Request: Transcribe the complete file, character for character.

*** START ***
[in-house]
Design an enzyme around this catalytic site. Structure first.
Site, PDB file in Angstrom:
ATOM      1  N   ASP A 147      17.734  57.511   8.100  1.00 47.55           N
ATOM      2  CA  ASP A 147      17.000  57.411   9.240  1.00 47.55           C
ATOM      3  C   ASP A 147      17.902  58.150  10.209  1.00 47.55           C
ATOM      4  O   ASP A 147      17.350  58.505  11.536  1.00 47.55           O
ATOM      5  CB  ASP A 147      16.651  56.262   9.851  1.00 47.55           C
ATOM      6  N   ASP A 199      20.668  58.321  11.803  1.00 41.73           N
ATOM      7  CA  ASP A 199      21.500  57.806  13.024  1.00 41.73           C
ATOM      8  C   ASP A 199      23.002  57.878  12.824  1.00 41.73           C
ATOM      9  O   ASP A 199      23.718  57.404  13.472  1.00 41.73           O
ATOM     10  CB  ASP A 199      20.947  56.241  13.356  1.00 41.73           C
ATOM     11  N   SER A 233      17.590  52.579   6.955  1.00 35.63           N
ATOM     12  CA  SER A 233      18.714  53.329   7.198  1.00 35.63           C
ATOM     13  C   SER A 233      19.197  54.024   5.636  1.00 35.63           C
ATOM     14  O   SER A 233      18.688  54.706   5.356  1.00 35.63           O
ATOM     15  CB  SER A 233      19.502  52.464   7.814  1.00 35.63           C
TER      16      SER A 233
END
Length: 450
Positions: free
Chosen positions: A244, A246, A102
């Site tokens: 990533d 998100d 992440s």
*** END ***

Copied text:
[in-house]
Design an enzyme around this catalytic site. Structure first.
Site, PDB file in Angstrom:
ATOM      1  N   ASP A 147      17.734  57.511   8.100  1.00 47.55           N
ATOM      2  CA  ASP A 147      17.000  57.411   9.240  1.00 47.55           C
ATOM      3  C   ASP A 147      17.902  58.150  10.209  1.00 47.55           C
ATOM      4  O   ASP A 147      17.350  58.505  11.536  1.00 47.55           O
ATOM      5  CB  ASP A 147      16.651  56.262   9.851  1.00 47.55           C
ATOM      6  N   ASP A 199      20.668  58.321  11.803  1.00 41.73           N
ATOM      7  CA  ASP A 199      21.500  57.806  13.024  1.00 41.73           C
ATOM      8  C   ASP A 199      23.002  57.878  12.824  1.00 41.73           C
ATOM      9  O   ASP A 199      23.718  57.404  13.472  1.00 41.73           O
ATOM     10  CB  ASP A 199      20.947  56.241  13.356  1.00 41.73           C
ATOM     11  N   SER A 233      17.590  52.579   6.955  1.00 35.63           N
ATOM     12  CA  SER A 233      18.714  53.329   7.198  1.00 35.63           C
ATOM     13  C   SER A 233      19.197  54.024   5.636  1.00 35.63           C
ATOM     14  O   SER A 233      18.688  54.706   5.356  1.00 35.63           O
ATOM     15  CB  SER A 233      19.502  52.464   7.814  1.00 35.63           C
TER      16      SER A 233
END
Length: 450
Positions: free
Chosen positions: A244, A246, A102
């Site tokens: 990533d 998100d 992440s």